Getting the feedback you need to progress your career

When it comes to progressing through the ranks at work, don’t assume that a lack of negative comments or the occasional utterance of “good job” indicates you’re on the right path. Attaining higher positions and more pay — two hot button topics for professional women — requires solid and consistent input about performance.

“Feedback — whether positive or negative — when delivered professionally and correctly is a message that says [either] ‘continue doing what you’re doing the way you’re doing it’ or ‘make a change,'” says Denise Dudley, a behavioral psychologist and business consultant.


Unfortunately, leaders often fail to provide female employees with the information they need to know to maintain — or correct — professional behavior. Research presented by Harvard Business Review shows that “women are systematically less likely to receive specific feedback tied to outcomes, both when they receive praise and when the feedback is developmental. In other words, men are offered a clearer picture of what they are doing well and more specific guidance of what is needed to get to the next level.”

Why the silence when it comes to women’s work performance?

Part of the difficulty surrounding women failing to receive constructive criticism stems from their bosses, who are often male. Some men are uncomfortable dealing with women in workplace settings, and their communication — or lack thereof — reveals it. As Dudley notes, “[Male bosses are] less likely to engage in any sort of conversation, let alone a much more direct (and thus stress-producing) discussion about a female colleague’s work performance.”

Reluctance to provide women with professional guidance can also stem from men wanting to “stay safe.” The media has upped awareness of the number of women filing lawsuits and bringing forth charges of mistreatment or harassment by employers. Remaining silent can seem like a better — albeit extreme — option than saying or doing anything that might somehow land the company in hot water.



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Men also sometimes refrain from frank discussions with their female employees out of the notion that women “can’t handle” negative feedback. They fear the listener will get emotional or cause an uncomfortable scene. Some genuinely worry about hurting a woman’s feelings. Basically, they choose to “protect” women — without female employees asking for such sheltering.

For their part, women often fail to step up to the plate to ask for feedback that could improve their performance directly.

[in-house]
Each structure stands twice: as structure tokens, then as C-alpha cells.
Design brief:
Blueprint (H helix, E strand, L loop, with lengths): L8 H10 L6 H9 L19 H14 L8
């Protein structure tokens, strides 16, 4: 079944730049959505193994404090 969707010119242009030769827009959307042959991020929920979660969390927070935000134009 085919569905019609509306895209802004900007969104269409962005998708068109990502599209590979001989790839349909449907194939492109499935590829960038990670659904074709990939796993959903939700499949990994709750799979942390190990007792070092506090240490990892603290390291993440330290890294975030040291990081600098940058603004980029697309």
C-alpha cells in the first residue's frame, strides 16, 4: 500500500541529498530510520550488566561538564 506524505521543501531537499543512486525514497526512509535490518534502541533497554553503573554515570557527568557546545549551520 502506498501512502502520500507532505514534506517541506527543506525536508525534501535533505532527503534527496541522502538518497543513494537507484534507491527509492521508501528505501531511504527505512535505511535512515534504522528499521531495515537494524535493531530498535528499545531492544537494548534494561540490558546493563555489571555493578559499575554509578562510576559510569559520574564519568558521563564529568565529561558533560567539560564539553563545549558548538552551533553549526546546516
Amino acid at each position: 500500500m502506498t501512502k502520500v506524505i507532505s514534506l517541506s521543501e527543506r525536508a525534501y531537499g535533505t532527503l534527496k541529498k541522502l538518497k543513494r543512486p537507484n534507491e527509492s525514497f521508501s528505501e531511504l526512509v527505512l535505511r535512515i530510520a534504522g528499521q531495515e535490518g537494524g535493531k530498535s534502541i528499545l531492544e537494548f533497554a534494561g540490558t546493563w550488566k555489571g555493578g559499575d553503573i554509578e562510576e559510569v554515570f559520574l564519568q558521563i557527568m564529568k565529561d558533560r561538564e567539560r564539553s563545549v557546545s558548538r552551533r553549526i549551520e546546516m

“We’ve been taught to be happy with what we’ve got, to not ‘rock the boat,’ to be quiet, to keep our heads down, and to keep working,” Dudley says. “We’re just bad at asking for stuff, from raises to performance feedback, to time off, to promotions, to bigger offices, to more responsibility. The takeaway here is that we need to ask for feedback. It’s often the only way we’ll get anything more than ‘you’re doing great’ once per year.”

How women can encourage feedback

So, what can be done to improve receipt of this vital contributor to career progress? Actions to generate more feedback include:

  • Don’t put your manager on the spot. They may feel queasy about saying things in a place where others can hear. Instead, schedule a time to discuss work performance privately.
  • Prepare specific questions. Before your appointment, consider sending a few questions so that your manager understands the scope of your discussion and has a chance to formulate honest answers. Dudley offers possibilities such as, “Do you know of any skills I need to acquire in order to move into a management position with our company?” or “I’d appreciate some feedback on my presentation to the board of directors last week.”
  • Set the tone. As you sit down for the discussion, encourage your boss not to hold back. Try a statement such as, “I’d appreciate some honest feedback, and I assure you, as a professional who is always looking to improve my performance, that my feelings will not be hurt.” Likewise, set the stage for clear, helpful commentary by saying something such as, “I’ll appreciate it if you can be very specific in your feedback with me. It will help me to learn and grow.”
  • Understand the next steps. Before walking away, evaluate whether you know how to proceed. If your boss offered compliments, do you know specifically what you should keep doing the way you’re doing it? If the feedback wasn’t positive, do you know what changes you need to make to rectify it? Don’t leave confused — ask for clarification.
  • Avoid “one and done.” Consider requesting a regular check-in with your manager. In some fields, this might be monthly, while in others, it isn’t unusual to have a weekly one-on-one with your boss to check in, set priorities, and get feedback. By asking for feedback regularly, the process will feel more natural for you and your manager. Also, by having frequent, brief meetings about one or two predetermined topics each time, information becomes easier to absorb and act upon.

Whether it was negative or positive, end by expressing appreciation for the feedback given, demonstrating that you want to hear constructive criticism and have the chops to take it goes a long way toward encouraging such assessments to keep coming.




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